Narratives of precarity express two components: that of an inquiry of and a charge against post-Fordist society, and that of the creation of a new kind of precarious ontology. The case-study of Italy seems particularly interesting because it offers the opportunity to analyze the palimpsest both of a history of long duration, transmitted by (post)autonomous workers movements and radical thought in 1970s Italy, and a recent history of social movements that starts from the (tragic) events of the G8 summit at Genoa (2001) – but many other countries and movements must be taken into account, from the first EuroMayDay parade (2001), to the Madrid-based feminist activist group “Precarias a la deriva” (2004), to the transnational indignados movement (2011, Spain) and to the Occupy movement.
The intention of the conference is thus to establish a link between transnational narratives of precarity – narrative in the broad sense of storytelling, including various representational and performative arts in prose and in poetry – and different types of cultural activism. The central question is whether such cultures of resistance, when embedded within art institutions or social movements, do not risk becoming expressions of containment policies, of strategies of ‘governmentality’ (Foucault) that conforms the precarious subject to the cultural logic of capitalism. If the absence of dialectics allows instead for a multidirectional relationship between object and subject, the question is whether this ambivalence of precariousness may become a new way of being that invites an artistic and political revisioning of cultural activism operating at the margins. Therefore the conference also questions whether the ways of creating narratives, and indeed forms of representation of precarity, undergo the same dynamics as the biopolitical subject. Language itself is put into a state of precariousness, and comes to war with itself.
Topics include but are not limited to:
-‐ Aesthetics of precarity in arts and in social movements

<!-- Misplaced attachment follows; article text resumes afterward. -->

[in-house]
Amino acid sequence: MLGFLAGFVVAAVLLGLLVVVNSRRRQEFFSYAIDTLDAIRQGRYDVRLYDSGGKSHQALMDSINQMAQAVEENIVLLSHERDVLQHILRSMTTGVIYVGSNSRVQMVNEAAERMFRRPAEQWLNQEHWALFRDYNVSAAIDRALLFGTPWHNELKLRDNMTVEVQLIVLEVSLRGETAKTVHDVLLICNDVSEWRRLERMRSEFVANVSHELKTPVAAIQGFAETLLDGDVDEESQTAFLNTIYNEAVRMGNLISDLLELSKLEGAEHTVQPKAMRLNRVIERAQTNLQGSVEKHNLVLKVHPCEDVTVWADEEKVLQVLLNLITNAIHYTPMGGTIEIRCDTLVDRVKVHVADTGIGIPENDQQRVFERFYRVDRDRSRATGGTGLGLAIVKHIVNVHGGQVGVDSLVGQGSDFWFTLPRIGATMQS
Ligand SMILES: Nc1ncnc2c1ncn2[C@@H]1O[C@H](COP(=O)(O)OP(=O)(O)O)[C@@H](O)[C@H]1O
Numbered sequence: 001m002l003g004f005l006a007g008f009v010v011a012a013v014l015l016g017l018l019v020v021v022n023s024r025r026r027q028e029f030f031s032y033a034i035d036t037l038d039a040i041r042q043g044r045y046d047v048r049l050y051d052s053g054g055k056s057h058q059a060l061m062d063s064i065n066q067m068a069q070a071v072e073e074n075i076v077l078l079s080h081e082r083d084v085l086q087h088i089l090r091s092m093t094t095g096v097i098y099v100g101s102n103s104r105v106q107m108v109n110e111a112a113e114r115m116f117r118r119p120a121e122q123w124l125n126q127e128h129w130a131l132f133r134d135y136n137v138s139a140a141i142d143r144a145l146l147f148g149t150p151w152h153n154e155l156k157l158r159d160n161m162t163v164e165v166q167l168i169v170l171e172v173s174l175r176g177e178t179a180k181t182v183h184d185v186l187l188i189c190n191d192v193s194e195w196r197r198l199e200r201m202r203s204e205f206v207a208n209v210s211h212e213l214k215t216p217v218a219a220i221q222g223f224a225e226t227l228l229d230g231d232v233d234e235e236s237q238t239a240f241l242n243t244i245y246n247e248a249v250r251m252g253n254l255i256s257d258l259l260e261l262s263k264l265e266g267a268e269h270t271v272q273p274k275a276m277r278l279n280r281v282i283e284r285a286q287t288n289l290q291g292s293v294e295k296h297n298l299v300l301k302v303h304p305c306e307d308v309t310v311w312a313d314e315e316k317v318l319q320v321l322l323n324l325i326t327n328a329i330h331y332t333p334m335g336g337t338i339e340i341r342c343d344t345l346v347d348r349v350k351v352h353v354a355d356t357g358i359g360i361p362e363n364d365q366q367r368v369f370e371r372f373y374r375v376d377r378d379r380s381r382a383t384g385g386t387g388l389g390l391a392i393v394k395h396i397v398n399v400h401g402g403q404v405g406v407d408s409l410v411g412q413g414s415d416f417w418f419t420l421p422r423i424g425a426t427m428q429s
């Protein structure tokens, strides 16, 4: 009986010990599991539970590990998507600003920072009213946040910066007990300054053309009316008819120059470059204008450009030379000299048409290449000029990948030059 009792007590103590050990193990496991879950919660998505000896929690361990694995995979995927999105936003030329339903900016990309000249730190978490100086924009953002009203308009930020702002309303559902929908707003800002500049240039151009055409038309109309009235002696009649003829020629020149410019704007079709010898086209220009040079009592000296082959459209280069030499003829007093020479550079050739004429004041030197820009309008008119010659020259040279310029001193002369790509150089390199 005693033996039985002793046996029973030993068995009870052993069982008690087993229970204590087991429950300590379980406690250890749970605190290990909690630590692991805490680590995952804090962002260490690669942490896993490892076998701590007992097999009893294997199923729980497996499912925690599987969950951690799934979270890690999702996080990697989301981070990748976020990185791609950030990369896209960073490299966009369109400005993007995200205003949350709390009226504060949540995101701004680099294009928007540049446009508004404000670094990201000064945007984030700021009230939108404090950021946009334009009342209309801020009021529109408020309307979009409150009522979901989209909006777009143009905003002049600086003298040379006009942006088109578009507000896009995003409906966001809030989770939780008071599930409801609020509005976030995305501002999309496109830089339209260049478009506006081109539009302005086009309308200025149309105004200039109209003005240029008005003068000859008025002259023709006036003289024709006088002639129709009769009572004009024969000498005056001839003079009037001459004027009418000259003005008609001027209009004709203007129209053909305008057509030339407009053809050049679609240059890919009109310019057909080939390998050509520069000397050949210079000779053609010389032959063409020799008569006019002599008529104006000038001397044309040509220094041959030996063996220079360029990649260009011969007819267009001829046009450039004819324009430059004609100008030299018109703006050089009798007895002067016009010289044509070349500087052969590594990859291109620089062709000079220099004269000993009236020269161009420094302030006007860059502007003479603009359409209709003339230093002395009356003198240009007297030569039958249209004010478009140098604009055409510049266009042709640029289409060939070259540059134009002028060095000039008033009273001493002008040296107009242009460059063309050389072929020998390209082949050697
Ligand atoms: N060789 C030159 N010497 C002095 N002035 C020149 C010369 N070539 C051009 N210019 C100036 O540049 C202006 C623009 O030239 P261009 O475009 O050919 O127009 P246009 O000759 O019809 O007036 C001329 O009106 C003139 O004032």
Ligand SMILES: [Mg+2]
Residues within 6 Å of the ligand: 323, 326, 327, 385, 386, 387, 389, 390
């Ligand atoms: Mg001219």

-‐ Forms of cultural activism
-‐ Cultural “events” of precarity
-‐ Precarity and memory
-‐ The luxury of precarity? Whose precarity?
-‐ The aesthetization of precarity
-‐ Precarity and new forms of cultural production (i.e. the ‘creative industries’)
-‐ Precarization as constituent power
-‐ Precarity and new forms of local, regional or global ethics of ‘relationality’
-‐ A ‘geo-aesthetics’ of precarity
The languages of the conference are English, French, and Italian.
Acceptance of proposals will be communicated by 10/15/2012.
Scientific Project and Organization: Silvia Contarini (Paris Ouest Nanterre) and Monica Jansen (UtrechtUniversity).
In collaboration with: Luca Marsi and Christophe Mileschi (Université Paris Ouest Nanterre); Judith Revel (Université Paris 1) NWO partners: Vincenzo Binetti (University of Michigan, Ann Arbor), Joost de Bloois (University of Amsterdam), Silvia Contarini (Université Paris Ouest, Nanterre La Défense), Frans-Willem Korsten (Leiden University/Erasmus University Rotterdam), Federico Luisetti (University of North Carolina, Chapel Hill), Monica Jansen (Utrecht University).
‘Human Herbs’ – a new remix and new video by Cold Hands & Quarter Moon: http://www.youtube.com/watch?v=Au-vyMtfDAs
‘Stagnant’ – a new remix and new video by Cold Hands & Quarter Moon: http://www.youtube.com/watch?v=YkP_Mi5ideo